Click here to learn more.
Feline stomatitis is a severe, painful inflammation of a cat’s mouth and gums. In most cases, the condition causes ulcers to form in the mouth; these ulcers can involve the lips, tongue, gums, and back of the throat. Cats of any age or breed can be affected.
There is no single cause of feline stomatitis. Dental disease (particularly periodontal disease) is commonly implicated as a cause of stomatitis in cats. Periodontal disease results from the accumulation of plaque (bacteria) on and around the teeth, which causes inflammation involving the gums and tooth support structures.
In many cases, the cause is assumed to be immune mediated, meaning that the cat’s immune system attacks its own oral tissues as an abnormal response to bacteria in the mouth. Other medical conditions that can be associated with stomatitis include infection with viruses [such as feline leukemia virus (FeLV), feline immunodeficiency virus (FIV), and calicivirus] and bartonellosis.
Feline stomatitis is extremely painful. In some cases, a cat suffering with this condition may be in too much pain to open his or her mouth to eat. In other cases, the cat may try to eat but scream and drop the food as soon as it touches the mouth. Other clinical signs may include the following:
Examining the mouth of a cat with stomatitis can be difficult because the cat is reluctant to open his or her mouth. Your veterinarian may recommend sedation to facilitate a more complete examination.
Results of basic blood tests, such as a chemistry panel and complete blood cell count (CBC), tend to be unremarkable in cats with stomatitis. However, your veterinarian may recommend specific testing for underlying diseases such as FeLV, FIV, and bartonellosis.
Sometimes, a small sample of tissue from the mouth is submitted to a laboratory for biopsy. However, the diagnosis is commonly based on clinical signs and physical examination findings. A dental examination and dental X-rays can help your veterinarian determine the extent of periodontal disease.
Because the condition is very painful, initial treatment generally includes giving medication to control pain and inflammation. Antibiotics are also commonly administered. Some cats may be willing to eat soft food, so owners may be advised to puree canned food until the cat’s mouth heals.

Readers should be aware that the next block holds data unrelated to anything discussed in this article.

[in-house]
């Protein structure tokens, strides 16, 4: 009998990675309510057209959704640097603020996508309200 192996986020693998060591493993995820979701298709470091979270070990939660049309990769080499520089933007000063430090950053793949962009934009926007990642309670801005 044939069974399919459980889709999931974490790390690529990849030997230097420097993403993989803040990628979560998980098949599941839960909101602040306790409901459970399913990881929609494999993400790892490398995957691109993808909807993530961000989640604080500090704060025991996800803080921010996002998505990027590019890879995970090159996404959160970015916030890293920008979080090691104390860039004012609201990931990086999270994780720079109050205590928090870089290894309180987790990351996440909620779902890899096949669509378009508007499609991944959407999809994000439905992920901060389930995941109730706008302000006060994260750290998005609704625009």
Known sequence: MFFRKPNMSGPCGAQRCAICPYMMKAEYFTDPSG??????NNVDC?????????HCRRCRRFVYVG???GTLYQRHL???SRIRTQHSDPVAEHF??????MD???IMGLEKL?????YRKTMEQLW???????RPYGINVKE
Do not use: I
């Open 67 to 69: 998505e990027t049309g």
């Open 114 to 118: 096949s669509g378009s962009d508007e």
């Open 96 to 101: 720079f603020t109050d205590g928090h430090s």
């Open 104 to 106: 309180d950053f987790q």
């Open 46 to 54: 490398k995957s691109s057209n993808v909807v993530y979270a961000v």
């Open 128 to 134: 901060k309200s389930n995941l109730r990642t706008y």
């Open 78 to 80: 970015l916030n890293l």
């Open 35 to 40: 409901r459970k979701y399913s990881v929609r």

Severe periodontal disease has been implicated as a cause of feline stomatitis. Although stomatitis is difficult to completely cure and treatment tends to be long term, your veterinarian will likely recommend managing dental disease as part of the overall treatment plan. A thorough dental cleaning may be recommended, and many cats do well if the molar and premolar teeth are removed. Because tooth surfaces provide areas for bacteria to attach, removing the teeth can help control periodontal disease and minimize the bacteria that provoke the immune system in cats with stomatitis. Cats tend to do very well without their teeth.
If the cat has an underlying illness that can be treated, such as bartonellosis, treatment should be pursued.
Long-term outcome can vary. Many cats with stomatitis require long-term treatment with anti-inflammatory medications (and antibiotics intermittently) to control the condition. At-home toothbrushing and other dental care are recommended to reduce the accumulation of plaque and associated inflammation in the mouth.
This article has been reviewed by a Veterinarian.
Like this article? Have a point of view to share? Let us know!
For the next four days, patrons of the café will be able to meet 16 adoptable kitties as they sip on espresso…
The last Friday in April is dedicated to undigested cat fur. To celebrate, we found photos of the cutest kitties…
A new film features 11-year-old Cory Gould, who has Asperger syndrome, and his incredible knowledge of dog breeds.
Disco, who knows more than 80 phrases, songs and sounds, is a YouTube star who's beloved around the world.
We polled Vetstreet readers and veterinary professionals to see if they drift off to sleep with their cat or dog…
Want to make some enemies in your vet’s waiting room? This funny new video from Dr. Andy Roark shows you how.
The silky-coated Burmese is a compact but heavy feline who loves to show off his impressive athletic skills.